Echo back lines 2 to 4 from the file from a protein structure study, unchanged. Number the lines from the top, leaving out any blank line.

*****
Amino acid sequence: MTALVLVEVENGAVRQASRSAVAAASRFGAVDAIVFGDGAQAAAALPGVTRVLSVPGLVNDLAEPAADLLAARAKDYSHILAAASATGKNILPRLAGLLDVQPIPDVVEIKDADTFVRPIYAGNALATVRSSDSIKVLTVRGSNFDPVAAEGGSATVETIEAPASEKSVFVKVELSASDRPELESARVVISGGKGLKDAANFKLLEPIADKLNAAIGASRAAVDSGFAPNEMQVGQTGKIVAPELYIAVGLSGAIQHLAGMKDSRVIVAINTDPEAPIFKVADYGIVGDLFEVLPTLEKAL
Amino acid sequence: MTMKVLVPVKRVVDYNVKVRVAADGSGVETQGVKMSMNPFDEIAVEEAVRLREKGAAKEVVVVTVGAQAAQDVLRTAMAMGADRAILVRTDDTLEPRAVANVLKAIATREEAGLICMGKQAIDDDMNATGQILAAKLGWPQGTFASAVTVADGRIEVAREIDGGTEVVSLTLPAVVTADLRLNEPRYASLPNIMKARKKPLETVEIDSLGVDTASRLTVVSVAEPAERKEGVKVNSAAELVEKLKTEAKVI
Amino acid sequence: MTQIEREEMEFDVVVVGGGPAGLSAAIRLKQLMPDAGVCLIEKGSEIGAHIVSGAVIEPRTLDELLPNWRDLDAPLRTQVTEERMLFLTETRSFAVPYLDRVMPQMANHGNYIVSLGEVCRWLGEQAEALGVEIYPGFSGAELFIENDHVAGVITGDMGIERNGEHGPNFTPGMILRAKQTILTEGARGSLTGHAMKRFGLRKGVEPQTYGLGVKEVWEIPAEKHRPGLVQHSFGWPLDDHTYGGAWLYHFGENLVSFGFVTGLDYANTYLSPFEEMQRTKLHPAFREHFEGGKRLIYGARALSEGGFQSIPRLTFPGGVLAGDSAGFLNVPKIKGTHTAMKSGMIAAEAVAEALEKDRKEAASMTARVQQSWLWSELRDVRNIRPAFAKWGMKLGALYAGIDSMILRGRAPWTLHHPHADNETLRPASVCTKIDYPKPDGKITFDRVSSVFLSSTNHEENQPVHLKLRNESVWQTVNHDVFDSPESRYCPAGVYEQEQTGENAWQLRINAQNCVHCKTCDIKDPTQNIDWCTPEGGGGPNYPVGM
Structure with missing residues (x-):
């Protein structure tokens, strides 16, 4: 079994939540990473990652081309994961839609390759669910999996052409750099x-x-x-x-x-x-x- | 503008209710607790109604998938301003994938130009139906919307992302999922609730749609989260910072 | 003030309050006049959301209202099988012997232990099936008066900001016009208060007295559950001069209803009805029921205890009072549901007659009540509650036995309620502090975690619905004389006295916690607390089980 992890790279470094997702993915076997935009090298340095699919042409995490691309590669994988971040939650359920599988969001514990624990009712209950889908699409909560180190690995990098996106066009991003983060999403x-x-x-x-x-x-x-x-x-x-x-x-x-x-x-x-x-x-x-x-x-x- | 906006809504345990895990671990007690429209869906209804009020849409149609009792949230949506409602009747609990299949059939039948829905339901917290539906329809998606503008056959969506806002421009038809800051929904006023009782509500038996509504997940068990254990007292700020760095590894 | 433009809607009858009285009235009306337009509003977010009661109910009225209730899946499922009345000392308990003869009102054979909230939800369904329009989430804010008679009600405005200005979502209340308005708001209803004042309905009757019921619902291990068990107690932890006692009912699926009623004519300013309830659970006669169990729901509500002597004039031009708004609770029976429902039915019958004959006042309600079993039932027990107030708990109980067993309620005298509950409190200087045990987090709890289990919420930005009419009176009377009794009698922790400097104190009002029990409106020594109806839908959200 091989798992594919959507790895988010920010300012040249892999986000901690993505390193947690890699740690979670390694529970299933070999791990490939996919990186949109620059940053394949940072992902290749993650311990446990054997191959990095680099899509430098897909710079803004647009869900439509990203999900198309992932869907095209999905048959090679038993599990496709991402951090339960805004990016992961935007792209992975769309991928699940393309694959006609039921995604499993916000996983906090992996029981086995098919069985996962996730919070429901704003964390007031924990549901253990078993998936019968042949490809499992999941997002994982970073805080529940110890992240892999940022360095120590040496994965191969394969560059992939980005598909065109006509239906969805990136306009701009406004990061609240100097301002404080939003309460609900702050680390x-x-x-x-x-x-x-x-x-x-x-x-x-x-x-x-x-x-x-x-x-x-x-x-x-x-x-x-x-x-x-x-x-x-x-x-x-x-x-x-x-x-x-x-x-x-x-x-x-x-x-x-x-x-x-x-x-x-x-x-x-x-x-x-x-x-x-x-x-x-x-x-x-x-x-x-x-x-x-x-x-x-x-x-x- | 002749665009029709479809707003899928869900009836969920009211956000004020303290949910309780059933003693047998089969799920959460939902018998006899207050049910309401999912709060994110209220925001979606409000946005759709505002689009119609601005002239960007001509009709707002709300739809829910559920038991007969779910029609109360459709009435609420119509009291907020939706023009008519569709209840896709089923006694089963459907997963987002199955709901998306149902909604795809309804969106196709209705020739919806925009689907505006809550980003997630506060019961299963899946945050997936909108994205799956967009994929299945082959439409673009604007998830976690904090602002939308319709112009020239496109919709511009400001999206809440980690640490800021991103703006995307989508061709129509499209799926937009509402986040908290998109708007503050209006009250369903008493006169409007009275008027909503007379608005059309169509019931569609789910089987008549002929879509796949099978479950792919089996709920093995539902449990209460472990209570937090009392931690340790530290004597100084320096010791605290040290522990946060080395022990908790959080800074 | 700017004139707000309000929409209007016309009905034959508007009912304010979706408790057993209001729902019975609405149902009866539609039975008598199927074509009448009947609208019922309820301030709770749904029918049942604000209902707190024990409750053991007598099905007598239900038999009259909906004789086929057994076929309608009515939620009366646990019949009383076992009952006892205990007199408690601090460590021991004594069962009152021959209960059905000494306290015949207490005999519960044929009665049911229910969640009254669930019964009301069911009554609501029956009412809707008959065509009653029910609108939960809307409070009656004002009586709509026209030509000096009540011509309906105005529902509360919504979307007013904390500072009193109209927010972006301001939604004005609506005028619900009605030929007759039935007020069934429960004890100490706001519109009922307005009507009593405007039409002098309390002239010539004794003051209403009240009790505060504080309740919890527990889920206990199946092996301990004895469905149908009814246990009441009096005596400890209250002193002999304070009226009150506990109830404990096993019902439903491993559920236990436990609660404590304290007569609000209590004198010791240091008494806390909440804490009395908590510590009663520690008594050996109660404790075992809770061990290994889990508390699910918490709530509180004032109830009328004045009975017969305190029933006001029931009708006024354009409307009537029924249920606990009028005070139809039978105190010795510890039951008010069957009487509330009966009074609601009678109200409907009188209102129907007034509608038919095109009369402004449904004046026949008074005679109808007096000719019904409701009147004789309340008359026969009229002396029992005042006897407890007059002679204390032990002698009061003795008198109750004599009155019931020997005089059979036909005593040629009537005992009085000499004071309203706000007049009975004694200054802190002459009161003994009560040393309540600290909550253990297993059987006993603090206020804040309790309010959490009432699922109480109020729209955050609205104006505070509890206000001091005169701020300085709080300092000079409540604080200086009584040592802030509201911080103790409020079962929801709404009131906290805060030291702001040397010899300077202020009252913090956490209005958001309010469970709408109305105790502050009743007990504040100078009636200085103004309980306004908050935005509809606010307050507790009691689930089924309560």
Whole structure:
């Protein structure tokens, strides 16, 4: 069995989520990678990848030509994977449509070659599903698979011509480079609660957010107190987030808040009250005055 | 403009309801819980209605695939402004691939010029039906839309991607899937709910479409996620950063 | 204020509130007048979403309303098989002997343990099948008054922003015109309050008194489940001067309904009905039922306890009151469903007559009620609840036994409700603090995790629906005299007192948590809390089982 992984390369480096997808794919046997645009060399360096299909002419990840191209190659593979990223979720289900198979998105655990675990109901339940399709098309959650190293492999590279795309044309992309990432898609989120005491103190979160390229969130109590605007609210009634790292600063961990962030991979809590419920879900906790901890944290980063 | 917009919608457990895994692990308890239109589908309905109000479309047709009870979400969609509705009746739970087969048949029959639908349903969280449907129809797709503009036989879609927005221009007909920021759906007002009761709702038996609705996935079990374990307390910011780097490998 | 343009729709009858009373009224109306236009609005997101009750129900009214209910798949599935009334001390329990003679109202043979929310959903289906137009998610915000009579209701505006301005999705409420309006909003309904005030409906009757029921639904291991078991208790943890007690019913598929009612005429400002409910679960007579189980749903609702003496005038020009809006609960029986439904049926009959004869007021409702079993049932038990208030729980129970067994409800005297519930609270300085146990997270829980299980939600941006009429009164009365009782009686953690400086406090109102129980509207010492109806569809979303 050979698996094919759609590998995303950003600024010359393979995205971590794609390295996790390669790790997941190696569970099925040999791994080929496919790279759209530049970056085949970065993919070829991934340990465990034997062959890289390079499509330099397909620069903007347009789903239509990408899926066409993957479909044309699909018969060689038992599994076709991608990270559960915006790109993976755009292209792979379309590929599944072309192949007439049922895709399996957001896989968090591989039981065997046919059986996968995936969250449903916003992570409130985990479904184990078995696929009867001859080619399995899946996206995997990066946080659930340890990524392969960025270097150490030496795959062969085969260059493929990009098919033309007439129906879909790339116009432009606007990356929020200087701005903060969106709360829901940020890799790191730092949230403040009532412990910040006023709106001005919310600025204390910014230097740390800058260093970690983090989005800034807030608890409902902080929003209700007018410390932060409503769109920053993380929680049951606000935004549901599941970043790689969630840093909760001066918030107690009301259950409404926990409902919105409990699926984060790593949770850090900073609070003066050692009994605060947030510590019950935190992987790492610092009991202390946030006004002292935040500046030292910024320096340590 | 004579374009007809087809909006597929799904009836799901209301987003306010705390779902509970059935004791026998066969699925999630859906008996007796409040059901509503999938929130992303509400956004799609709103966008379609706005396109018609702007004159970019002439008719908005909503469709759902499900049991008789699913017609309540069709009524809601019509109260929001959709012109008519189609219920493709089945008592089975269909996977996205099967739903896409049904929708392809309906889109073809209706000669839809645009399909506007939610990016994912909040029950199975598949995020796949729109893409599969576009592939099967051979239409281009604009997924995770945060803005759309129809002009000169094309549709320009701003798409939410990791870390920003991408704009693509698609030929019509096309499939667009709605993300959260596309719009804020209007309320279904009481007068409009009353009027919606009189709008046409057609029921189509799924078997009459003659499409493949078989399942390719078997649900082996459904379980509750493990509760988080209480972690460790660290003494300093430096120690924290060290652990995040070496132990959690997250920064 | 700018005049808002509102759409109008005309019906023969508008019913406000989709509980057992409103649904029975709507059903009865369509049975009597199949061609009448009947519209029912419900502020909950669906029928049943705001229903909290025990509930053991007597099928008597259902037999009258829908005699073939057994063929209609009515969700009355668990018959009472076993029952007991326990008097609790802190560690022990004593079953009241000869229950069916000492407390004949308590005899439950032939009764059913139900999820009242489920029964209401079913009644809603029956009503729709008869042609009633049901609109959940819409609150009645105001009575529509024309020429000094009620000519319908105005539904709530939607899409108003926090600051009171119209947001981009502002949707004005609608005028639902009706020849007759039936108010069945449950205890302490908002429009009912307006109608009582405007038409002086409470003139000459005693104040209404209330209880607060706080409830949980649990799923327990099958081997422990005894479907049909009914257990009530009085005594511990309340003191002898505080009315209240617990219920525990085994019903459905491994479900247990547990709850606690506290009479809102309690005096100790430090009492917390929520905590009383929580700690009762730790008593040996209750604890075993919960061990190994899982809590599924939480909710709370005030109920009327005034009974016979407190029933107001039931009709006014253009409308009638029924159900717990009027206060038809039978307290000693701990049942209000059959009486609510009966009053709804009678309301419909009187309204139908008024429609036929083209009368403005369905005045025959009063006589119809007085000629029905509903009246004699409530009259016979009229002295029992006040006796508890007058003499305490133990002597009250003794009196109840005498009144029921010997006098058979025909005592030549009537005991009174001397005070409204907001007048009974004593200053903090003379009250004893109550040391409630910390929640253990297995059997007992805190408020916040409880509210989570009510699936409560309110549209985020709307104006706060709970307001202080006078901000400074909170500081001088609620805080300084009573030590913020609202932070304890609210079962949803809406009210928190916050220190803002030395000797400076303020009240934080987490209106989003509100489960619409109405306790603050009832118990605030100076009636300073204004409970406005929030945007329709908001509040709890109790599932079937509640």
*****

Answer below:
Amino acid sequence: MTMKVLVPVKRVVDYNVKVRVAADGSGVETQGVKMSMNPFDEIAVEEAVRLREKGAAKEVVVVTVGAQAAQDVLRTAMAMGADRAILVRTDDTLEPRAVANVLKAIATREEAGLICMGKQAIDDDMNATGQILAAKLGWPQGTFASAVTVADGRIEVAREIDGGTEVVSLTLPAVVTADLRLNEPRYASLPNIMKARKKPLETVEIDSLGVDTASRLTVVSVAEPAERKEGVKVNSAAELVEKLKTEAKVI
Amino acid sequence: MTQIEREEMEFDVVVVGGGPAGLSAAIRLKQLMPDAGVCLIEKGSEIGAHIVSGAVIEPRTLDELLPNWRDLDAPLRTQVTEERMLFLTETRSFAVPYLDRVMPQMANHGNYIVSLGEVCRWLGEQAEALGVEIYPGFSGAELFIENDHVAGVITGDMGIERNGEHGPNFTPGMILRAKQTILTEGARGSLTGHAMKRFGLRKGVEPQTYGLGVKEVWEIPAEKHRPGLVQHSFGWPLDDHTYGGAWLYHFGENLVSFGFVTGLDYANTYLSPFEEMQRTKLHPAFREHFEGGKRLIYGARALSEGGFQSIPRLTFPGGVLAGDSAGFLNVPKIKGTHTAMKSGMIAAEAVAEALEKDRKEAASMTARVQQSWLWSELRDVRNIRPAFAKWGMKLGALYAGIDSMILRGRAPWTLHHPHADNETLRPASVCTKIDYPKPDGKITFDRVSSVFLSSTNHEENQPVHLKLRNESVWQTVNHDVFDSPESRYCPAGVYEQEQTGENAWQLRINAQNCVHCKTCDIKDPTQNIDWCTPEGGGGPNYPVGM
Structure with missing residues (x-):